2. Then place the *saddles* on the line.

      3. Mark the two post locations with a pencil and remove the bridge.

      4. Calculate the 3 degrees and place a new pencil mark for the new bass-side bridge post location.

      That’s the final position for the bridge.

      When you put the strings on, you will have ample space to move the saddles for intonation compensation…

      Hope this helps,


  6. Hello there and I’m confused whereby in step 1 it says “The two lines should not be parallel to each other …..” , yet the photo for that step says “Draw two lines parallel to the fingerboard” – please advise, thanks.

    1. Hi Hugh,

      I can see how that wording can lead to confusion.

      The two lines are parallel to the fingerboard but not parallel to each other. That’s because the width of the fingerboard is smaller on the nut side and wider on the body side. So the lines will get progressively further from each other.

      I changed the description on the image to remove the confusion.


  7. You my friend are a legend.. This is the simplist and best description of bridge positioning on the net.. Thanks

      1. Brother I bought a Chinese sg guitar the bridge is set wrong I can’t intonate the guitar can you please give me the contact setting measurements of the bridge setting

  8. Hi

    I caught this article just in the nick of time before drilling these holes for the posts. Whew ! Only after reading this did I see all the dangers involved. I will read it again and again before drilling.
    Thank you – the best guide on the net.

  9. Hello, so all scales are a minimum? Like 25.503″-25.579″ for example. And are shortest on the treble side? I have a schaller that has an angle built in. If I make the 1st string@ scale then no other string can be. Is this correct?

  10. Hi very nice and clear description, one of the best on the net.
    But i have to make you question for a GTB series bridges by Wilkinson, and it’s adjustable G and B Saddle,.
    Should I drill posts like in your description with 3 degree angled or should I drill them straight and parallel to pick up cavities? That’s my doubt Hamlet! . I’m building a Prs style guitar. And any advice in bridge change? i heard that is better the on with individual saddle adjustment! Thanks in advance! Hope you anser soon. I would to spray my guitar!! Have a nice evening!

    1. The type of bridge you mention requires the two outer E strings to be correctly positioned first, and then the inner strings will be more or less correctly placed and you can fine tune them with the adjustable saddles.

      So the question is, how to get the correct placement of the bridge posts so that the two outer E strings are placed correctly?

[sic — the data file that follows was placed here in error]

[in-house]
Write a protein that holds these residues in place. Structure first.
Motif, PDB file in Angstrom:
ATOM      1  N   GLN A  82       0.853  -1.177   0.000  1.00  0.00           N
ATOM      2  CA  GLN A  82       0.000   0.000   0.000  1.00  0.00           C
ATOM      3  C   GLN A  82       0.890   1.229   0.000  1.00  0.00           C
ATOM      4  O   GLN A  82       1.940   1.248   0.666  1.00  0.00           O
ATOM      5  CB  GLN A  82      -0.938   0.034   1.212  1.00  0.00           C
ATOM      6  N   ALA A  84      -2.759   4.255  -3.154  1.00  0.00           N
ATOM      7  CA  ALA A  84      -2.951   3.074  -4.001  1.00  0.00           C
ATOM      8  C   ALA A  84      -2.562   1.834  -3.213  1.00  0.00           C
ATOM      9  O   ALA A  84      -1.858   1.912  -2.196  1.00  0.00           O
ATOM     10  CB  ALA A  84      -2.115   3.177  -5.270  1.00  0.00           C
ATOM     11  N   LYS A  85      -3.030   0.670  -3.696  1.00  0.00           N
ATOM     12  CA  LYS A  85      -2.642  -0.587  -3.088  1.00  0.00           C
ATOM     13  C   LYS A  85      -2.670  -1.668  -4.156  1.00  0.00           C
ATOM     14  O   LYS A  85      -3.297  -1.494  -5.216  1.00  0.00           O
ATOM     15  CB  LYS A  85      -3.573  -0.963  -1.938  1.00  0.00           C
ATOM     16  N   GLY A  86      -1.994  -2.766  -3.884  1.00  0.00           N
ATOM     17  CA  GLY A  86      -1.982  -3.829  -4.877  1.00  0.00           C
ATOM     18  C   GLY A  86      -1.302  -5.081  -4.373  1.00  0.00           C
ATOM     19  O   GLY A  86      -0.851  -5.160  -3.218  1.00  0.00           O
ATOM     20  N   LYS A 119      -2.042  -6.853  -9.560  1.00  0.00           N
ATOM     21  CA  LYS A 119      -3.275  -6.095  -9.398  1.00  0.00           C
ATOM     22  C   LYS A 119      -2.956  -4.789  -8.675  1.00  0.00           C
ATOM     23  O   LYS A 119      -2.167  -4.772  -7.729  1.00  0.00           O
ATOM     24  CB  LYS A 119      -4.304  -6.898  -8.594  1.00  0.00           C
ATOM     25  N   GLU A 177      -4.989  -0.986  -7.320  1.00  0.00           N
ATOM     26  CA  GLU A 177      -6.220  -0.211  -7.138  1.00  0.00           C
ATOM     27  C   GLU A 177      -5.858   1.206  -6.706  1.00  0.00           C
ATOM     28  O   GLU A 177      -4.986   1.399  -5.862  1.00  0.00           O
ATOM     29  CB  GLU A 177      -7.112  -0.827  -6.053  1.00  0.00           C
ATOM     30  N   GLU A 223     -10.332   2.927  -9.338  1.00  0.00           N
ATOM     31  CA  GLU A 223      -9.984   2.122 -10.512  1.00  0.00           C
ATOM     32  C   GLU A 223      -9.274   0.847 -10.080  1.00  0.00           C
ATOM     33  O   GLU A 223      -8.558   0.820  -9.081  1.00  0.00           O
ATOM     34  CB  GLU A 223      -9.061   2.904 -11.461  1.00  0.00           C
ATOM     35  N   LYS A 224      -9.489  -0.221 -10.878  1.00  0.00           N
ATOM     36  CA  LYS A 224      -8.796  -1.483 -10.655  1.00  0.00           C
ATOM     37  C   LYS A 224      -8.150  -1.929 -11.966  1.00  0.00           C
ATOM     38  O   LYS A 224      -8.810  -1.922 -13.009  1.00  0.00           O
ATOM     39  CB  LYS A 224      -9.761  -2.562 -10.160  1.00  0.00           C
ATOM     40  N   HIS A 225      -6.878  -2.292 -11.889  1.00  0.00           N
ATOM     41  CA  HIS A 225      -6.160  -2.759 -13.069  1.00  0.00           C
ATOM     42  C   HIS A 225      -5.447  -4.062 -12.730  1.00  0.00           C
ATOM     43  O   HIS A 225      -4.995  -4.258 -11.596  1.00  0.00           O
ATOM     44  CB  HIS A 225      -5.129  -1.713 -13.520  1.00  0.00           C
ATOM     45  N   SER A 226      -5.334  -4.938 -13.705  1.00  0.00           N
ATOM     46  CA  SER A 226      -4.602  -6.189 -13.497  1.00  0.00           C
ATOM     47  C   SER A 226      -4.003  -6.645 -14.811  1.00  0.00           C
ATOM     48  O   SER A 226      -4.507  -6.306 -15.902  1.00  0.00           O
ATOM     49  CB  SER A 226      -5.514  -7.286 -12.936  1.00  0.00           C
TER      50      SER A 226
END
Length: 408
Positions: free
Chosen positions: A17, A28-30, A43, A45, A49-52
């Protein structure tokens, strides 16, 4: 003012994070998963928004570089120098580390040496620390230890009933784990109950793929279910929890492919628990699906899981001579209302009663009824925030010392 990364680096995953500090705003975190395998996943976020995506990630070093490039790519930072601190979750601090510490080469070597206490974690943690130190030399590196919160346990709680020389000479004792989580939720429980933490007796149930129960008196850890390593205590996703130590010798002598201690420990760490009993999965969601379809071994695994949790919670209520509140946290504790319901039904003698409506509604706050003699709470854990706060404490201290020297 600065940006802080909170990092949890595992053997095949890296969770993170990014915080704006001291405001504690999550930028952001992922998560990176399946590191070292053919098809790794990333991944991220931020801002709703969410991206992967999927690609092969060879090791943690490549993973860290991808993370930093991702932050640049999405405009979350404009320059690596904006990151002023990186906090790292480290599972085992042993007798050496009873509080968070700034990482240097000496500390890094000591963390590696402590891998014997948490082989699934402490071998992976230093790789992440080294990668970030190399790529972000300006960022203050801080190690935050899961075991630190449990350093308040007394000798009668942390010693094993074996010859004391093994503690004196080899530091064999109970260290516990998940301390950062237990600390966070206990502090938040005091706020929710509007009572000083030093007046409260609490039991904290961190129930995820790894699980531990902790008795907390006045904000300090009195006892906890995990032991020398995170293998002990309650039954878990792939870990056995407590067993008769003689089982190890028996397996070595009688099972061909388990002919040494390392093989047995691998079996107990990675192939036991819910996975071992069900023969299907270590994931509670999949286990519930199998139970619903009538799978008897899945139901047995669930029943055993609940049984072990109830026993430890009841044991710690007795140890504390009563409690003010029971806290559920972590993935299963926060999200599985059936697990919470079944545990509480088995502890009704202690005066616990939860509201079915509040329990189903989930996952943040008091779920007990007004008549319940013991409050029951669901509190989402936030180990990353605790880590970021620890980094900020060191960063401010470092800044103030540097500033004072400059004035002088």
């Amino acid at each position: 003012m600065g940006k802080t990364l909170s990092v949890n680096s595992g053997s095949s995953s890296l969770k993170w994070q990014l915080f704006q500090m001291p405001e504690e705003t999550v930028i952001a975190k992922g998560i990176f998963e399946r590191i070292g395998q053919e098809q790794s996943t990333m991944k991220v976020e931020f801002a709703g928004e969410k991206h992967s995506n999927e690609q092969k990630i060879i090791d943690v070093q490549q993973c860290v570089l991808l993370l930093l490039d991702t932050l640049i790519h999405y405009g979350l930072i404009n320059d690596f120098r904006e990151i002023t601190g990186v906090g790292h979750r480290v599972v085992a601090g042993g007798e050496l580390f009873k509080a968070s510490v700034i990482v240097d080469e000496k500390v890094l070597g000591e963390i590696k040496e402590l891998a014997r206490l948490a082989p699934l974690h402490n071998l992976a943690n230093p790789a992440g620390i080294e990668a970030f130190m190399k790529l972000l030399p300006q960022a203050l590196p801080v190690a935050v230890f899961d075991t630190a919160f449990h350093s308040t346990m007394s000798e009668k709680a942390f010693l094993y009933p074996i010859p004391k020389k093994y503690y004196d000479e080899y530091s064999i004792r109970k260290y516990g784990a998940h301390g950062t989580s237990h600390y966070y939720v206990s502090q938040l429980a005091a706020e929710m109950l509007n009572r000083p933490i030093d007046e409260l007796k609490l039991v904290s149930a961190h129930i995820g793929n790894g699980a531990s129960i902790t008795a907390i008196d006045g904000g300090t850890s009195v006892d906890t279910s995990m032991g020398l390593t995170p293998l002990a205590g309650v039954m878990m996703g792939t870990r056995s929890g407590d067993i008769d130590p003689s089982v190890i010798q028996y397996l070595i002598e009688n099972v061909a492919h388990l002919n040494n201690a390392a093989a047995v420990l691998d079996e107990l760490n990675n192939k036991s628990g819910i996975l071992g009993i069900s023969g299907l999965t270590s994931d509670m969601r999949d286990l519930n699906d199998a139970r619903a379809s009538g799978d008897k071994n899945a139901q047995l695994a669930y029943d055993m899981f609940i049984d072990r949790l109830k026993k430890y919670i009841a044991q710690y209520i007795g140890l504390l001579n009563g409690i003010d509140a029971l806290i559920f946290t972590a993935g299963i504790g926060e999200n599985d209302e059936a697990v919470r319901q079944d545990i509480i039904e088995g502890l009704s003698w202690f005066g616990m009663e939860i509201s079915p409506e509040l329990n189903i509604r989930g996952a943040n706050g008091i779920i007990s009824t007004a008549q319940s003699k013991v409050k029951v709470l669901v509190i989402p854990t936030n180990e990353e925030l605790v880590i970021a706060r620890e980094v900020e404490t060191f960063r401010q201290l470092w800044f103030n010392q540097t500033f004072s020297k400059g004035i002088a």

1) You need to simulate the finished guitar by putting on the tuners, the nut, and then placing the bridge at about the right location on the body (place a shim under the bridge to mimic the bridge post studs). No drilling at this point, just place it on the body.
      2) Then insert the two outer strings from the tuners, over the nut and over the bridge. You will need to figure out a way to hold the strings in place in order to tune them to correct pitch (see this video for an idea…).

      3) Now, move the bridge by hand until the outer E strings are correctly tuned… that’s your final bridge post locations.

      I hope what I said makes sense to you. The video link is a great help. The main issue I can foresee though, is how to keep the strings stretched on your particular bridge type. One idea I have is to clamp a piece of wood on a bench, hammer in, partially, two nails and hook the strings on them and then over the bridge saddles, over the nut and into the tuners.

  11. You mention that you should “bring all the saddles at their most forward positions” and place them at the proper location (centered on the scale length). I have found other sources that say to set the saddles in their center position before placing the bridge. With your method there can be no intonation adjustment to a slightly shorter scale length — is this okay? I believe your method is correct because all intonation adjustments have to compensate for a string thickness of greater than zero which means that all intonation adjustment has to be “scale length plus some adjustment” and never “scale length minus some adjustment”. Is this correct? I’m just looking for some clarification since I have found many other sources that suggest setting saddles at the center of their adjustment point.